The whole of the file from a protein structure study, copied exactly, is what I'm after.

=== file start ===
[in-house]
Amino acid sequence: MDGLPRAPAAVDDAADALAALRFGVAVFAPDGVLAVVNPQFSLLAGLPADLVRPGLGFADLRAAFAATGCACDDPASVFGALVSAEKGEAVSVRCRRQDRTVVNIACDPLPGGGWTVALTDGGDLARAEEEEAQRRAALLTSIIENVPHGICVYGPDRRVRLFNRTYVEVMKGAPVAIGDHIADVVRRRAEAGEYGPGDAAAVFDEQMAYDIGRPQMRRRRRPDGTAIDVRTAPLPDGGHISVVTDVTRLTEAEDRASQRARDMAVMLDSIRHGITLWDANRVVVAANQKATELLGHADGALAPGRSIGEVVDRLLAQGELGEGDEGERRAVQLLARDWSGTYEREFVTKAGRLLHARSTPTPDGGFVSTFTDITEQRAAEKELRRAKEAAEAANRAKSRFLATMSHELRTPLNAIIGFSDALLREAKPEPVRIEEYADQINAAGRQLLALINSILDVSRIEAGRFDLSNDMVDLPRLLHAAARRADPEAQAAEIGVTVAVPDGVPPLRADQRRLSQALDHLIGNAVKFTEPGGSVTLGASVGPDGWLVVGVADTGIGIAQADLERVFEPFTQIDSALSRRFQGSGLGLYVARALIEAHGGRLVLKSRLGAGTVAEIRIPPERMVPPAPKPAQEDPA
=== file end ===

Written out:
[in-house]
Amino acid sequence: MDGLPRAPAAVDDAADALAALRFGVAVFAPDGVLAVVNPQFSLLAGLPADLVRPGLGFADLRAAFAATGCACDDPASVFGALVSAEKGEAVSVRCRRQDRTVVNIACDPLPGGGWTVALTDGGDLARAEEEEAQRRAALLTSIIENVPHGICVYGPDRRVRLFNRTYVEVMKGAPVAIGDHIADVVRRRAEAGEYGPGDAAAVFDEQMAYDIGRPQMRRRRRPDGTAIDVRTAPLPDGGHISVVTDVTRLTEAEDRASQRARDMAVMLDSIRHGITLWDANRVVVAANQKATELLGHADGALAPGRSIGEVVDRLLAQGELGEGDEGERRAVQLLARDWSGTYEREFVTKAGRLLHARSTPTPDGGFVSTFTDITEQRAAEKELRRAKEAAEAANRAKSRFLATMSHELRTPLNAIIGFSDALLREAKPEPVRIEEYADQINAAGRQLLALINSILDVSRIEAGRFDLSNDMVDLPRLLHAAARRADPEAQAAEIGVTVAVPDGVPPLRADQRRLSQALDHLIGNAVKFTEPGGSVTLGASVGPDGWLVVGVADTGIGIAQADLERVFEPFTQIDSALSRRFQGSGLGLYVARALIEAHGGRLVLKSRLGAGTVAEIRIPPERMVPPAPKPAQEDPA